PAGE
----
Conservatives Vow To Keep Pushing Abortion Limits

Play associated audio

In an election that highlighted the political divide over abortion, female voters turned out to be a key to victory for President Obama.

Public outcry over Republican Todd Akin's comments on "legitimate rape" ultimately gave Democrat Claire McCaskill a U.S. Senate victory in Missouri. And in Indiana, Republican Senate hopeful Richard Mourdock lost his race at least in part because of his comments about pregnancy resulting from rape.

The Republicans' comments pushed the abortion issue to the forefront — and also united and motivated abortion rights activists.

"These are issues deeply important to women," says Cecile Richards, president of the Planned Parenthood Federation. She says an 18-point gender gap helped Obama defeat Mitt Romney and what she calls the GOP attack on women's rights.

"They're not just social issues, as Romney tried to say. Access to affordable health care, access to family planning — these are issues that are economic issues for women and their families," Richards says.

But the day after the election, many conservatives were pondering their losses. They say their anti-abortion principles weren't the problem; it was the Republican Party's failure to run a truly conservative candidate. And they're vowing to change the party and continue their fight to restrict abortion.

In a news conference Wednesday, Richard Viguerie, chairman of, said Republicans don't win unless they nationalize elections around conservative values.

"Conservatives are saying never again are we going to nominate a big-government, establishment Republican for president," he said.

Alongside Viguerie was Marjorie Dannenfelser, head of the Susan B. Anthony List, a political action committee that backs candidates opposed to abortion.

"Obama launched a war over abortion and on the life issue," she said. "Therefore, he got to completely define what that issue was. And what is it? Rape."

Dannenfelser says the Republicans left votes on the table because they failed to really take on the abortion issue and explain their position. She calls the result a kind of New Year's Day for the movement.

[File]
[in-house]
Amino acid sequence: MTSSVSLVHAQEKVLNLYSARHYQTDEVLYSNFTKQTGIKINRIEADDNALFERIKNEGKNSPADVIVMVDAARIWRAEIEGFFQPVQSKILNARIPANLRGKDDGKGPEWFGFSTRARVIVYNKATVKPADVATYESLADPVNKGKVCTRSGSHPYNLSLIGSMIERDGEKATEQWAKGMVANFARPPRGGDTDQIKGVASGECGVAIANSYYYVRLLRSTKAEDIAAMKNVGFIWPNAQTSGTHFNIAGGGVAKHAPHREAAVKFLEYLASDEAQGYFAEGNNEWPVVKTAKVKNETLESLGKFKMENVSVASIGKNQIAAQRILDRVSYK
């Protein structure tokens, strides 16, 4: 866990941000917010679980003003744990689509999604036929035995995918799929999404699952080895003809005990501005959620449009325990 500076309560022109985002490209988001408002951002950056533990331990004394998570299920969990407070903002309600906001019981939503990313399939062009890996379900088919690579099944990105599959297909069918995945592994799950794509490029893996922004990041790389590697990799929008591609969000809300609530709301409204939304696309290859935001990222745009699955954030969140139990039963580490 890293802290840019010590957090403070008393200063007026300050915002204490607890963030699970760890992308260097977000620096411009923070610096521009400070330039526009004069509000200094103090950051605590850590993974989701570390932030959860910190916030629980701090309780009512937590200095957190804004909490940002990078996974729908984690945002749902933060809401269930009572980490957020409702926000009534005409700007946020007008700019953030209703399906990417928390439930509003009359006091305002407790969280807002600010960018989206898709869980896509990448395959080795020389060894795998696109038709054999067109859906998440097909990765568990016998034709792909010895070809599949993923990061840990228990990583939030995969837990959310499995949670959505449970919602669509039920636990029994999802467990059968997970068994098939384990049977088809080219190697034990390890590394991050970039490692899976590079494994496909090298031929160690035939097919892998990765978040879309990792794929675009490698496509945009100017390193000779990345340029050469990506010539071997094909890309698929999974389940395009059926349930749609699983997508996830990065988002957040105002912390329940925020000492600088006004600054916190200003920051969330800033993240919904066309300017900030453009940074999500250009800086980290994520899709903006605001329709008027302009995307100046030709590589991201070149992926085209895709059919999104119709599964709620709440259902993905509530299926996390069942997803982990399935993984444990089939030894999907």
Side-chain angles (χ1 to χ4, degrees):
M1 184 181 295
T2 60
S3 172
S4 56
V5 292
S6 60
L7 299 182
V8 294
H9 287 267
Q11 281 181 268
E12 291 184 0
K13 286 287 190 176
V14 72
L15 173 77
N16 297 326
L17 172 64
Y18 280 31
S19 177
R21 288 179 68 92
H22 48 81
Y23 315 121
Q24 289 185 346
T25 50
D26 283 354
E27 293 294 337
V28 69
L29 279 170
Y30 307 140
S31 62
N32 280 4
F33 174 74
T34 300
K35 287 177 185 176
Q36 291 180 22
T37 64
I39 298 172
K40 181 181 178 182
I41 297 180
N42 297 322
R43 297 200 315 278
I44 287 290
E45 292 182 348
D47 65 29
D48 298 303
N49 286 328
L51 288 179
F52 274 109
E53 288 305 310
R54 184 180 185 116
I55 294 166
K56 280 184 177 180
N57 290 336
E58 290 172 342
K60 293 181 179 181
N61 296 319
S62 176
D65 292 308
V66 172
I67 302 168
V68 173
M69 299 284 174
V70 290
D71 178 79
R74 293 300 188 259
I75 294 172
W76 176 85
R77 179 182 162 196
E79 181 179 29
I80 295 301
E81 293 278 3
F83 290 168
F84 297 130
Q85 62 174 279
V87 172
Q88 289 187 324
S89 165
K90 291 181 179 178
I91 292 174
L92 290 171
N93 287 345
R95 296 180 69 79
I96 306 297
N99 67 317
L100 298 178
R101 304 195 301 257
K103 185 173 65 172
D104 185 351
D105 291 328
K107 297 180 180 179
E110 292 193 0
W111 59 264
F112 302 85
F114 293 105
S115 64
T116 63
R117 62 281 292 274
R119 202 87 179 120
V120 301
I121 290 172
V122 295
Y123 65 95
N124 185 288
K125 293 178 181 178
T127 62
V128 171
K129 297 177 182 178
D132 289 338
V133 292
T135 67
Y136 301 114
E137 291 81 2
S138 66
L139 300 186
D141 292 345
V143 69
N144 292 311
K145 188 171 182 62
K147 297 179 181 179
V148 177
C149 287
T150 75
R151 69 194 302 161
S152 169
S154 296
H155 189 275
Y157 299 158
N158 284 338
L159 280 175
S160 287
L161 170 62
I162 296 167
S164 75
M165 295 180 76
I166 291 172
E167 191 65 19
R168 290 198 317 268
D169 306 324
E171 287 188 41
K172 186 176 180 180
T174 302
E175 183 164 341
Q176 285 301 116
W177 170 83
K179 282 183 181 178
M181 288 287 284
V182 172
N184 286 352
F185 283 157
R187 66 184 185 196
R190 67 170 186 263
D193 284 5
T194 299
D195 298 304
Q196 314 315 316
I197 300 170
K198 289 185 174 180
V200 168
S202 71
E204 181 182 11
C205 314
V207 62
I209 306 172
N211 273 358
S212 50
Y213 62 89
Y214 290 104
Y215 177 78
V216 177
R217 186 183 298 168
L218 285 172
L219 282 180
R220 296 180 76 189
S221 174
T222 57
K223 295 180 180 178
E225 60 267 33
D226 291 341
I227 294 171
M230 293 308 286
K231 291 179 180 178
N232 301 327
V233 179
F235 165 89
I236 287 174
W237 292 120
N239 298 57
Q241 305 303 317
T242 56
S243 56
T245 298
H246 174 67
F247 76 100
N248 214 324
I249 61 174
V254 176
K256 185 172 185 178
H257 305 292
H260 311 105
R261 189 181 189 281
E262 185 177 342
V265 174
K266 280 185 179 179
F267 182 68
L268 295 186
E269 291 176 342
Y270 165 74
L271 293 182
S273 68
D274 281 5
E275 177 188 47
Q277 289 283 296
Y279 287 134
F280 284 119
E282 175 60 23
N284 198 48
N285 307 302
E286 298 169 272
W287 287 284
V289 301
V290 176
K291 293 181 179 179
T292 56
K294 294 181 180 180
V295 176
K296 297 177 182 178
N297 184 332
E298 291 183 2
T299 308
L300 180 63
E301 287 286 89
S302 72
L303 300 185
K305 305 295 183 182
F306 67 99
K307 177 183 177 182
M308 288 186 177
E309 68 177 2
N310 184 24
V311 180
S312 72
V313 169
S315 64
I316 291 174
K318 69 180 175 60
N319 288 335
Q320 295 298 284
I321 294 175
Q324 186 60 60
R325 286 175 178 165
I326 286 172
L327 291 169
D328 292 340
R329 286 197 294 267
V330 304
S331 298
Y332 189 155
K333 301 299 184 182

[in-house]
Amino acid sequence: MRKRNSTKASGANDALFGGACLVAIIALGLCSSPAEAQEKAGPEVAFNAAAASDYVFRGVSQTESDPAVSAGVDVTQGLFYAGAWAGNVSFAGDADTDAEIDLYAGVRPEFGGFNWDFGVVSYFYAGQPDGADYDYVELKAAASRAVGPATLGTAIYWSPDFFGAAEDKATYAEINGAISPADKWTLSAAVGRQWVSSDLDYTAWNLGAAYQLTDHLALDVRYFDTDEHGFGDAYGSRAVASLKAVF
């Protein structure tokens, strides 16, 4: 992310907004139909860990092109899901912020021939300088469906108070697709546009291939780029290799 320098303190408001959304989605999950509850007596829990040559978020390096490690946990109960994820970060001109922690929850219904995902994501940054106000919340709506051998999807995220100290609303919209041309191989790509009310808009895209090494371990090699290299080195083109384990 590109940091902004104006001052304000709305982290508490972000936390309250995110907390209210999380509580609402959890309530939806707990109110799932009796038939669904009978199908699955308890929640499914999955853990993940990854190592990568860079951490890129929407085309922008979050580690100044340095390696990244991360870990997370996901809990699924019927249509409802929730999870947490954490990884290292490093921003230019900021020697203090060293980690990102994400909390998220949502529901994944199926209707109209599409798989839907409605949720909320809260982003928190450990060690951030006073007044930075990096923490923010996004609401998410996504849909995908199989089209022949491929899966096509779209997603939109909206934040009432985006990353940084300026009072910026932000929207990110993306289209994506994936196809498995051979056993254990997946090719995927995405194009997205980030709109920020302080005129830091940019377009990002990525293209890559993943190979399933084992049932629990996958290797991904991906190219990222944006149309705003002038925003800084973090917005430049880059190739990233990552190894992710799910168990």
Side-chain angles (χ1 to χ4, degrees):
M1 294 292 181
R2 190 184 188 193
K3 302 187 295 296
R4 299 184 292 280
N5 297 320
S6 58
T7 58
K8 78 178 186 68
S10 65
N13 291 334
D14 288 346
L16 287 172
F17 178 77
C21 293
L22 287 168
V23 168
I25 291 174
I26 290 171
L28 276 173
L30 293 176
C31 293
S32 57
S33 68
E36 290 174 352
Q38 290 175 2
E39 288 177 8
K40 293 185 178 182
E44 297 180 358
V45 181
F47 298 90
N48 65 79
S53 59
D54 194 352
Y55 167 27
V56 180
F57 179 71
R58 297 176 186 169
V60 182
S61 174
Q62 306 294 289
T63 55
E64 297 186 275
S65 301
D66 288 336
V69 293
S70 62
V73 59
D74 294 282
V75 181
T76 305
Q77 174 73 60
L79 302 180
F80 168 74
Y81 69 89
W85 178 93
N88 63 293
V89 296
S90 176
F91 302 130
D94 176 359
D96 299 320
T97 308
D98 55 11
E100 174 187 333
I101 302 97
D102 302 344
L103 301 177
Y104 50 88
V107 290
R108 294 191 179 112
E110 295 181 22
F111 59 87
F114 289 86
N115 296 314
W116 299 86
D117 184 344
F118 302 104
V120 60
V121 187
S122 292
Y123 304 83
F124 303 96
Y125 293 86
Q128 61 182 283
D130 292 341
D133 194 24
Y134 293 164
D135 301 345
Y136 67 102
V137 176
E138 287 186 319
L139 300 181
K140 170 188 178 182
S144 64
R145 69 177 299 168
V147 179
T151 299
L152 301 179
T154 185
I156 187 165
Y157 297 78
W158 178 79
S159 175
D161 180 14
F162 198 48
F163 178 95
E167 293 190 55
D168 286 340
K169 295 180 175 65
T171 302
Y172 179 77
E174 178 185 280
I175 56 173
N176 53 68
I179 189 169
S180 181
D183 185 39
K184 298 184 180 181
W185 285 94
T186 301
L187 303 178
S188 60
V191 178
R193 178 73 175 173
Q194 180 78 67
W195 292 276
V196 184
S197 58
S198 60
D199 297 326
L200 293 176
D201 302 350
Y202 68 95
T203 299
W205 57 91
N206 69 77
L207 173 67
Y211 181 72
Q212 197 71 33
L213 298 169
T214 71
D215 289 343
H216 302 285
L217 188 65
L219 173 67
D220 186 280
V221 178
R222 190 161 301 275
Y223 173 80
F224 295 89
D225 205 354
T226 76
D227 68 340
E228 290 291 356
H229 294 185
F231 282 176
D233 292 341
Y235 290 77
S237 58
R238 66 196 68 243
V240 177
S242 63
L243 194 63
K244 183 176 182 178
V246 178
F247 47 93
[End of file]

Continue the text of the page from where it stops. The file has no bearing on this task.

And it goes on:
"If you truly believe that you are living in a great human civil rights movement, you don't give up. That is why we grow as a movement. So this is the beginning of a new cycle," she said.

Other groups that oppose abortion say they'll continue to take their fight to the states — for example, working on a bill to allow states to opt out of paying for abortions under the federal health care law. They're also pushing for more restrictions on abortion and on the clinics where they're performed.

Donna Crane with NARAL Pro Choice America says she's not surprised.

"We take very seriously their threat that they're going to redouble their efforts at the state level," she says, "and I think that is a foolish course of action in light of the really clear message they got from Americans on Tuesday night."

But anti-abortion groups say that's not the message they got. They say the abortion issue is far from settled — that Romney never reached their core supporters.

Copyright 2012 National Public Radio. To see more, visit


No Meekness Here: Meet Rosa Parks, 'Lifelong Freedom Fighter'

As the 60th anniversary of the historic Montgomery Bus Boycott approaches, author Jeanne Theoharis says it's time to let go of the image of Rosa Parks as an unassuming accidental activist.

Internet Food Culture Gives Rise To New 'Eatymology'

Internet food culture has brought us new words for nearly every gastronomical condition. The author of "Eatymology," parodist Josh Friedland, discusses "brogurt" with NPR's Rachel Martin.
WAMU 88.5

World Leaders Meet For The UN Climate Change Summit In Paris

World leaders meet for the UN climate change summit in Paris to discuss plans for reducing carbon emissions. What's at stake for the talks, and prospects for a major agreement.


Payoffs For Prediction: Could Markets Help Identify Terrorism Risk?

In a terror prediction market, people would bet real money on the likelihood of attacks. NPR's Scott Simon speaks with Stephen Carter about whether such a market could predict — and deter — attacks.

Leave a Comment

Help keep the conversation civil. Please refer to our Terms of Use and Code of Conduct before posting your comments.